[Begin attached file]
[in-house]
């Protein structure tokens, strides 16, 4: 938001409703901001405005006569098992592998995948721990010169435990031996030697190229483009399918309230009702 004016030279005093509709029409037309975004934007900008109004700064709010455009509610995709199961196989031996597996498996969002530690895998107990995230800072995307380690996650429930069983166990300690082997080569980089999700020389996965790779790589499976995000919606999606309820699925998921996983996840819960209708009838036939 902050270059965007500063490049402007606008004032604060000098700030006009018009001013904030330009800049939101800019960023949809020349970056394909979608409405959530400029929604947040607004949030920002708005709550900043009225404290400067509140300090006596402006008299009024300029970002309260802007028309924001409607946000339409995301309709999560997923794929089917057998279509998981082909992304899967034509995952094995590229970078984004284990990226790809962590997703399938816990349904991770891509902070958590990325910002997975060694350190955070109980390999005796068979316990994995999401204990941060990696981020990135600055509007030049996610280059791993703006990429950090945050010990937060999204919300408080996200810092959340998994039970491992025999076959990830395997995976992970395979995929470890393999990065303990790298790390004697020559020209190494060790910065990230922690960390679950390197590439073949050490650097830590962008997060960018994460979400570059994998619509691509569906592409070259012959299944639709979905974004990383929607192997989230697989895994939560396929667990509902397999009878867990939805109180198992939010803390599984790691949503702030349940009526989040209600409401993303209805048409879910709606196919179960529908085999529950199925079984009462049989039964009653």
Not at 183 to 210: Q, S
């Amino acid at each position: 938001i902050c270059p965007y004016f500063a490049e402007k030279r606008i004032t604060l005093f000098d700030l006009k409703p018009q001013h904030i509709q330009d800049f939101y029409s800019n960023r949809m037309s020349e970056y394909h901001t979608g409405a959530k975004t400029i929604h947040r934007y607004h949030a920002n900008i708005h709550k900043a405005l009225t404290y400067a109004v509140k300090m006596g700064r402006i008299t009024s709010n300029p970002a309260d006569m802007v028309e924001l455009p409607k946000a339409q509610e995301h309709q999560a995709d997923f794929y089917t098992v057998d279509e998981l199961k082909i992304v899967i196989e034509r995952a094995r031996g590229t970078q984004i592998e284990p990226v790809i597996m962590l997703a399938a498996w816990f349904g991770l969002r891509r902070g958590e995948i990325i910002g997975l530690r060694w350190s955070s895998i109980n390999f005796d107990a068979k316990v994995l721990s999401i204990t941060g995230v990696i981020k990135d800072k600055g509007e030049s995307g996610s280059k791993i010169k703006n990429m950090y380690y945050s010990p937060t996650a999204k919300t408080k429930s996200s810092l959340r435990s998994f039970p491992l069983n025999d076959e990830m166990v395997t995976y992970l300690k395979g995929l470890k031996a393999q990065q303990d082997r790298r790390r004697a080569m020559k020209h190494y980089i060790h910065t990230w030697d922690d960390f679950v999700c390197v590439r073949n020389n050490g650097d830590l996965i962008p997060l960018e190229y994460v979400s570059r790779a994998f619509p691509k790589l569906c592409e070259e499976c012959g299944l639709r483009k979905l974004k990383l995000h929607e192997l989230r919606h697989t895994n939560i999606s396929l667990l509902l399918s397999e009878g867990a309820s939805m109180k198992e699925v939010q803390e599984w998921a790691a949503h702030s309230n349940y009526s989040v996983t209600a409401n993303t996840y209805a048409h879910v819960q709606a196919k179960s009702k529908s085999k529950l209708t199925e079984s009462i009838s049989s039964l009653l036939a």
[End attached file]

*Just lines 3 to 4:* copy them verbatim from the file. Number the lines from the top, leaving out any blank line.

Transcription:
Not at 183 to 210: Q, S
């Amino acid at each position: 938001i902050c270059p965007y004016f500063a490049e402007k030279r606008i004032t604060l005093f000098d700030l006009k409703p018009q001013h904030i509709q330009d800049f939101y029409s800019n960023r949809m037309s020349e970056y394909h901001t979608g409405a959530k975004t400029i929604h947040r934007y607004h949030a920002n900008i708005h709550k900043a405005l009225t404290y400067a109004v509140k300090m006596g700064r402006i008299t009024s709010n300029p970002a309260d006569m802007v028309e924001l455009p409607k946000a339409q509610e995301h309709q999560a995709d997923f794929y089917t098992v057998d279509e998981l199961k082909i992304v899967i196989e034509r995952a094995r031996g590229t970078q984004i592998e284990p990226v790809i597996m962590l997703a399938a498996w816990f349904g991770l969002r891509r902070g958590e995948i990325i910002g997975l530690r060694w350190s955070s895998i109980n390999f005796d107990a068979k316990v994995l721990s999401i204990t941060g995230v990696i981020k990135d800072k600055g509007e030049s995307g996610s280059k791993i010169k703006n990429m950090y380690y945050s010990p937060t996650a999204k919300t408080k429930s996200s810092l959340r435990s998994f039970p491992l069983n025999d076959e990830m166990v395997t995976y992970l300690k395979g995929l470890k031996a393999q990065q303990d082997r790298r790390r004697a080569m020559k020209h190494y980089i060790h910065t990230w030697d922690d960390f679950v999700c390197v590439r073949n020389n050490g650097d830590l996965i962008p997060l960018e190229y994460v979400s570059r790779a994998f619509p691509k790589l569906c592409e070259e499976c012959g299944l639709r483009k979905l974004k990383l995000h929607e192997l989230r919606h697989t895994n939560i999606s396929l667990l509902l399918s397999e009878g867990a309820s939805m109180k198992e699925v939010q803390e599984w998921a790691a949503h702030s309230n349940y009526s989040v996983t209600a409401n993303t996840y209805a048409h879910v819960q709606a196919k179960s009702k529908s085999k529950l209708t199925e079984s009462i009838s049989s039964l009653l036939a």